The owners have lived in Norway since 2000, and they still do not speak the language. I asked one of their sons if he could ask about the recipe and explain it to me. He said it would be very difficult for him to translate it to Norwegian. I don't know if that's the truth, or if it's just a way to keep it a secret. I really doubt they are Szchuanese as their menu is not close to Szechuanese food.


Edited by Cineris (log)

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2 hours ago, Cineris said:

The owners have lived in Norway since 2000, and they still do not speak the language. I asked one of their sons if he could ask about the recipe and explain it to me. He said it would be very difficult for him to translate it to Norwegian. I don't know if that's the truth, or if it's just a way to keep it a secret. I really doubt they are Szchuanese as their menu is not close to Szechuanese food.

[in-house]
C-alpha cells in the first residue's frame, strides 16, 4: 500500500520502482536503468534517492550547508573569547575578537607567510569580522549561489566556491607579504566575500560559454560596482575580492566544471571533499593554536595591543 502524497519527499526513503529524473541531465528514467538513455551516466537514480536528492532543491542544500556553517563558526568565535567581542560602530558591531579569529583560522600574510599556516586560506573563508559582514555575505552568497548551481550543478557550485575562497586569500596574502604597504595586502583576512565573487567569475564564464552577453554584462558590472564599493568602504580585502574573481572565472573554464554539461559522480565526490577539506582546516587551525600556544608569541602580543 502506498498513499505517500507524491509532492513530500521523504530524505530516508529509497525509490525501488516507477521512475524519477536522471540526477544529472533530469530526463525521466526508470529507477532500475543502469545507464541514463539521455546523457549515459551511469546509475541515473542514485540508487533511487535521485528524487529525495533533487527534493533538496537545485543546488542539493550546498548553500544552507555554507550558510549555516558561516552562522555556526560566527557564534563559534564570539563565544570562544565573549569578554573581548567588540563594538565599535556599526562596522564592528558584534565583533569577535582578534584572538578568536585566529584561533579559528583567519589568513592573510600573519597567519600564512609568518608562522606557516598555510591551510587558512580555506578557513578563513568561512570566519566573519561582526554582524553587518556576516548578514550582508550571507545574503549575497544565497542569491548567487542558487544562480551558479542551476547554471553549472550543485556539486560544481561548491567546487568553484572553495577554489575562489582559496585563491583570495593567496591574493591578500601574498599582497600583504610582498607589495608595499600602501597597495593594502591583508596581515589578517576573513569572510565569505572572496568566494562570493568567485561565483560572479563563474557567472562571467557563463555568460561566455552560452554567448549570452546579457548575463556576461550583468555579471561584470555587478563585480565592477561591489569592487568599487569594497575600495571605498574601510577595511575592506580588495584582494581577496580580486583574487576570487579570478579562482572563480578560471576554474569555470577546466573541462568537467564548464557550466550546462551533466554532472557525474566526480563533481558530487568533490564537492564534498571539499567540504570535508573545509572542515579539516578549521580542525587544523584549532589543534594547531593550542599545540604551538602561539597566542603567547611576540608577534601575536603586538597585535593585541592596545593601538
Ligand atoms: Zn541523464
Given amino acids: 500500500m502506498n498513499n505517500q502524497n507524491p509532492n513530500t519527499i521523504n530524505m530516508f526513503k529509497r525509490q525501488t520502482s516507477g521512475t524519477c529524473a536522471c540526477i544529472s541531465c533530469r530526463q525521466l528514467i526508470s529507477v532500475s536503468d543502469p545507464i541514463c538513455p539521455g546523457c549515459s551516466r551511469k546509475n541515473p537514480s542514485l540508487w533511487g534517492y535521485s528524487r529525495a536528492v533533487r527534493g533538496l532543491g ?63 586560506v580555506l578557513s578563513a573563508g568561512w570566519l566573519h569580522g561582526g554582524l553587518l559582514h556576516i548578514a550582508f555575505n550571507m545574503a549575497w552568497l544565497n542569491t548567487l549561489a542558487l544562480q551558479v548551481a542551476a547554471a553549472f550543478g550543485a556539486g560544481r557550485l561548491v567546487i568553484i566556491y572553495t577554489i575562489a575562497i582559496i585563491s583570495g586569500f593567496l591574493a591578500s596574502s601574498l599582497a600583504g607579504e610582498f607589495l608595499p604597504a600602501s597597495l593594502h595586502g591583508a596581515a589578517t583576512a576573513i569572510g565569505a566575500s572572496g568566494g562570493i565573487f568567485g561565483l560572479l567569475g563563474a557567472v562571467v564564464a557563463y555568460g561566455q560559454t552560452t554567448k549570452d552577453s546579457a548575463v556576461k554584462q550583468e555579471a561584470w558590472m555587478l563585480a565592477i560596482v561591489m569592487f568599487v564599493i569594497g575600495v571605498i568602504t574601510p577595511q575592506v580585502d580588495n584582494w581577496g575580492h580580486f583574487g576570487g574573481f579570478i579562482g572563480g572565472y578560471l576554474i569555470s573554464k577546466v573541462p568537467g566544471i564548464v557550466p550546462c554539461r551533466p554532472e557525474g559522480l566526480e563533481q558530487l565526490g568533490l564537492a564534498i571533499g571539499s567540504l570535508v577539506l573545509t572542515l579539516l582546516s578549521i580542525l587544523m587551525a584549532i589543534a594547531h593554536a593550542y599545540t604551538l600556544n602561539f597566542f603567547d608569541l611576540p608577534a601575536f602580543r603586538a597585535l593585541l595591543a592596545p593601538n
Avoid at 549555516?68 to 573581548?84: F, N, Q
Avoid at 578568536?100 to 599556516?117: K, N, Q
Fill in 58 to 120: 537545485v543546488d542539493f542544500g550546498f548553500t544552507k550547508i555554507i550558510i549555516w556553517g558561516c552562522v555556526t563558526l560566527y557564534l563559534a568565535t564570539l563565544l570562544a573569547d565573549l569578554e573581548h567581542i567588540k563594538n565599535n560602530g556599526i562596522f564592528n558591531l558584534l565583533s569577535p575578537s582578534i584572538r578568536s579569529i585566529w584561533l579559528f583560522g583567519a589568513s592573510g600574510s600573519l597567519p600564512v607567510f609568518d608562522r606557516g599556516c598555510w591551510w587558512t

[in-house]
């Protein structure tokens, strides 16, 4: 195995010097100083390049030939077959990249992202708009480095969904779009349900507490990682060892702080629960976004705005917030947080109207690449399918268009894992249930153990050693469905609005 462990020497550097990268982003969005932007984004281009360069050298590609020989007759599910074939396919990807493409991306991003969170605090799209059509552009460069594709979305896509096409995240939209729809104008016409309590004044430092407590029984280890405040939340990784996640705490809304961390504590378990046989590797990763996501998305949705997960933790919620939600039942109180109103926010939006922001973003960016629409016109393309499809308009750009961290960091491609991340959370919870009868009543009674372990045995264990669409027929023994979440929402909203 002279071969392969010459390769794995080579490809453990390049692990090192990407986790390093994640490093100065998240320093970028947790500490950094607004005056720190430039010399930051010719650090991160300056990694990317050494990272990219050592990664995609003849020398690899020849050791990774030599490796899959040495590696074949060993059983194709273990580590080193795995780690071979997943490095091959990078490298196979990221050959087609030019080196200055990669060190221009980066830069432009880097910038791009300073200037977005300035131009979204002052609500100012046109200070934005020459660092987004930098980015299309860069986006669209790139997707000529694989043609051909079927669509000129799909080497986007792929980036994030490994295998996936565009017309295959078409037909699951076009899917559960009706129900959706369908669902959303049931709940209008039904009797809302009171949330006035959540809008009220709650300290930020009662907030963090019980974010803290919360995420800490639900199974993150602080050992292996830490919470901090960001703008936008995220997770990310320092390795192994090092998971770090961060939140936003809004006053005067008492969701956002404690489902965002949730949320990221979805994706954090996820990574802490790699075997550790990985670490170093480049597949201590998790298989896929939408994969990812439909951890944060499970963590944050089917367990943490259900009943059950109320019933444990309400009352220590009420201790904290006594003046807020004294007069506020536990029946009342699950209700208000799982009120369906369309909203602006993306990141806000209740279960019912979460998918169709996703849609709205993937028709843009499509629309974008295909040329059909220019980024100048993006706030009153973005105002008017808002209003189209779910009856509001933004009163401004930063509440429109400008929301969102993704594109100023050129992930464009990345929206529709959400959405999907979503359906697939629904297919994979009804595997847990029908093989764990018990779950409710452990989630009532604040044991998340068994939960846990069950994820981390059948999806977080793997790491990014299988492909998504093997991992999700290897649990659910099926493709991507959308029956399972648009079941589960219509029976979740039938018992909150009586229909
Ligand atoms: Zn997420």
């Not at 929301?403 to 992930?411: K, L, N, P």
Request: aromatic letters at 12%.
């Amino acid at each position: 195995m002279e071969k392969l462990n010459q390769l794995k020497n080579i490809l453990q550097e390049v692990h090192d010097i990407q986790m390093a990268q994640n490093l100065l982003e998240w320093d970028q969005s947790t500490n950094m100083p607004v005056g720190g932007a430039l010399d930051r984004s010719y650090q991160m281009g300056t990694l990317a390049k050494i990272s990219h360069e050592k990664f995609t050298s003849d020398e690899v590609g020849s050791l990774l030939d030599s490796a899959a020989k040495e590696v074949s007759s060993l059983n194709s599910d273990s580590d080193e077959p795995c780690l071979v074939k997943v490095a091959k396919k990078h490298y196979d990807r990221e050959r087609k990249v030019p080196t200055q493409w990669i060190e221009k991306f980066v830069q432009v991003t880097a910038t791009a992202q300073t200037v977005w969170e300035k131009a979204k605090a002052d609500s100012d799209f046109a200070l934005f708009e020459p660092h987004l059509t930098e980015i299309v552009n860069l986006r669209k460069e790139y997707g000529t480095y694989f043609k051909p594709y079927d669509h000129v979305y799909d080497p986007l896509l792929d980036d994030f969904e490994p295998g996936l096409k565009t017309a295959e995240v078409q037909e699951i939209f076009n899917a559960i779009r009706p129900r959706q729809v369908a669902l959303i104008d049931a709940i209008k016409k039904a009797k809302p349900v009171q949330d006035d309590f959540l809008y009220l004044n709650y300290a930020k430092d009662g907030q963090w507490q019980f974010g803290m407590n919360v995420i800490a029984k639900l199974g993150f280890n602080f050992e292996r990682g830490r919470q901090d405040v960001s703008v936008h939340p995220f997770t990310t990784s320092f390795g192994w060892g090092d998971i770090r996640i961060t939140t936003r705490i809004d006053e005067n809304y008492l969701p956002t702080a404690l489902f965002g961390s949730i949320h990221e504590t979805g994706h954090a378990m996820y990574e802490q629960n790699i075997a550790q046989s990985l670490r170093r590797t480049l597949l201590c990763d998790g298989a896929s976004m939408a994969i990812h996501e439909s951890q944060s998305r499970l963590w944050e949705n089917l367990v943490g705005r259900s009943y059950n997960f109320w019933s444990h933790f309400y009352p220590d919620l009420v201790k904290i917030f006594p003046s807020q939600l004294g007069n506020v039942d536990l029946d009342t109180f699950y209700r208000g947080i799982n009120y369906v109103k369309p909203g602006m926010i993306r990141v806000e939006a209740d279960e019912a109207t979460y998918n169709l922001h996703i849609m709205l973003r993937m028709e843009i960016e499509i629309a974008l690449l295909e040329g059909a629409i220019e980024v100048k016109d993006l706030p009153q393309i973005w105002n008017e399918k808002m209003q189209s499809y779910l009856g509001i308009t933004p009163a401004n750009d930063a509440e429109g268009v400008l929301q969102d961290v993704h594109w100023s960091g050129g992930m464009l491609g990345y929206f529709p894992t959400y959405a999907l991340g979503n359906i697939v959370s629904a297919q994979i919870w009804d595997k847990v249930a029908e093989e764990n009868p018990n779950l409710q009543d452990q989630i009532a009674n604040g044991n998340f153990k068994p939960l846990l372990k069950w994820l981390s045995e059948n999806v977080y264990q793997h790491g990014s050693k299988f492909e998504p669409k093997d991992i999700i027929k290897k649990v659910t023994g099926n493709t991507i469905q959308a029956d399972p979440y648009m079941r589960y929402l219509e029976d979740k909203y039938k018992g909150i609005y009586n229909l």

Thanks for the response. I would suspect they are more likely to be in the direction of Cantonese or southern Chinese, anyway...rather than Szechuanese, and your comment about the overall menu seems to suggest that.

 

No Shaohsing wine...OK, try some dry sherry (NOT my "best substitute recommendation", but it is in the generalized desired direction), or try some sake...


Edited by huiray (log)